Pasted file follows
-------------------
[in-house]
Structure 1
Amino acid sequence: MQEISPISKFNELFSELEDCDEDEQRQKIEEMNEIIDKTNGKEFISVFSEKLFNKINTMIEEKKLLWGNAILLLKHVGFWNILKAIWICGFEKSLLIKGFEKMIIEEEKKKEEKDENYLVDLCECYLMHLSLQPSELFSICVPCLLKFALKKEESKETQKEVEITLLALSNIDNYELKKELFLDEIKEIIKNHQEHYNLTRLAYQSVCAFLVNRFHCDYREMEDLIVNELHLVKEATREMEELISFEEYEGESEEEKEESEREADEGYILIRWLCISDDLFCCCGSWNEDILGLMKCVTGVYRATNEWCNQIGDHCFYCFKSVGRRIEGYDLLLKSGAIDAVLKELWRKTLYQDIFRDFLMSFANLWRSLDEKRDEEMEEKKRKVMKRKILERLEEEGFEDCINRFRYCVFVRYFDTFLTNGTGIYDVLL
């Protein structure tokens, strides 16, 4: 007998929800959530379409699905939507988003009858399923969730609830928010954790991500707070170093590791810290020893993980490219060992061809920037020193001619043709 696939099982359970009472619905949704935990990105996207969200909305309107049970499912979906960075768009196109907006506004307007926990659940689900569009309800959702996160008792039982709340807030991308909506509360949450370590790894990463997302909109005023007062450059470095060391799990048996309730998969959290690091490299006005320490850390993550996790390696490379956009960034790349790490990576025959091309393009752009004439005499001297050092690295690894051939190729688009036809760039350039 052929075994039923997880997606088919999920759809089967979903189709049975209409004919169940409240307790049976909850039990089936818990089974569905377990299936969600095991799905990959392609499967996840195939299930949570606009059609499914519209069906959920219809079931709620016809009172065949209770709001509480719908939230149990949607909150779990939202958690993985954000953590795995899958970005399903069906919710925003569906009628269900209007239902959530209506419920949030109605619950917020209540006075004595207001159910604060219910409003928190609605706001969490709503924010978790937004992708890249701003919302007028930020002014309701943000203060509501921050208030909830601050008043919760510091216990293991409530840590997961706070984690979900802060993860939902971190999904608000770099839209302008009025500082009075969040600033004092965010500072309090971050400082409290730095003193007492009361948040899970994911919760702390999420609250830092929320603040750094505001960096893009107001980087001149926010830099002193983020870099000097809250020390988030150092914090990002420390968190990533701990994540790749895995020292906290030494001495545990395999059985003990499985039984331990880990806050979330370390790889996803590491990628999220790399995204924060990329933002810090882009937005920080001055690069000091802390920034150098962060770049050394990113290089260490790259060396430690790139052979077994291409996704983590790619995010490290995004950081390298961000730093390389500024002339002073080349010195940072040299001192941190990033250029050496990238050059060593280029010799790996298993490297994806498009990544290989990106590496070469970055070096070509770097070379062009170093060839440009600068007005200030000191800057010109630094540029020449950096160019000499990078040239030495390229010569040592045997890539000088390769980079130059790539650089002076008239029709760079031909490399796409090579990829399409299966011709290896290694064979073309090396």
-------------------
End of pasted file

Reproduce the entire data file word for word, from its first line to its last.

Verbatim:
[in-house]
Structure 1
Amino acid sequence: MQEISPISKFNELFSELEDCDEDEQRQKIEEMNEIIDKTNGKEFISVFSEKLFNKINTMIEEKKLLWGNAILLLKHVGFWNILKAIWICGFEKSLLIKGFEKMIIEEEKKKEEKDENYLVDLCECYLMHLSLQPSELFSICVPCLLKFALKKEESKETQKEVEITLLALSNIDNYELKKELFLDEIKEIIKNHQEHYNLTRLAYQSVCAFLVNRFHCDYREMEDLIVNELHLVKEATREMEELISFEEYEGESEEEKEESEREADEGYILIRWLCISDDLFCCCGSWNEDILGLMKCVTGVYRATNEWCNQIGDHCFYCFKSVGRRIEGYDLLLKSGAIDAVLKELWRKTLYQDIFRDFLMSFANLWRSLDEKRDEEMEEKKRKVMKRKILERLEEEGFEDCINRFRYCVFVRYFDTFLTNGTGIYDVLL
């Protein structure tokens, strides 16, 4: 007998929800959530379409699905939507988003009858399923969730609830928010954790991500707070170093590791810290020893993980490219060992061809920037020193001619043709 696939099982359970009472619905949704935990990105996207969200909305309107049970499912979906960075768009196109907006506004307007926990659940689900569009309800959702996160008792039982709340807030991308909506509360949450370590790894990463997302909109005023007062450059470095060391799990048996309730998969959290690091490299006005320490850390993550996790390696490379956009960034790349790490990576025959091309393009752009004439005499001297050092690295690894051939190729688009036809760039350039 052929075994039923997880997606088919999920759809089967979903189709049975209409004919169940409240307790049976909850039990089936818990089974569905377990299936969600095991799905990959392609499967996840195939299930949570606009059609499914519209069906959920219809079931709620016809009172065949209770709001509480719908939230149990949607909150779990939202958690993985954000953590795995899958970005399903069906919710925003569906009628269900209007239902959530209506419920949030109605619950917020209540006075004595207001159910604060219910409003928190609605706001969490709503924010978790937004992708890249701003919302007028930020002014309701943000203060509501921050208030909830601050008043919760510091216990293991409530840590997961706070984690979900802060993860939902971190999904608000770099839209302008009025500082009075969040600033004092965010500072309090971050400082409290730095003193007492009361948040899970994911919760702390999420609250830092929320603040750094505001960096893009107001980087001149926010830099002193983020870099000097809250020390988030150092914090990002420390968190990533701990994540790749895995020292906290030494001495545990395999059985003990499985039984331990880990806050979330370390790889996803590491990628999220790399995204924060990329933002810090882009937005920080001055690069000091802390920034150098962060770049050394990113290089260490790259060396430690790139052979077994291409996704983590790619995010490290995004950081390298961000730093390389500024002339002073080349010195940072040299001192941190990033250029050496990238050059060593280029010799790996298993490297994806498009990544290989990106590496070469970055070096070509770097070379062009170093060839440009600068007005200030000191800057010109630094540029020449950096160019000499990078040239030495390229010569040592045997890539000088390769980079130059790539650089002076008239029709760079031909490399796409090579990829399409299966011709290896290694064979073309090396």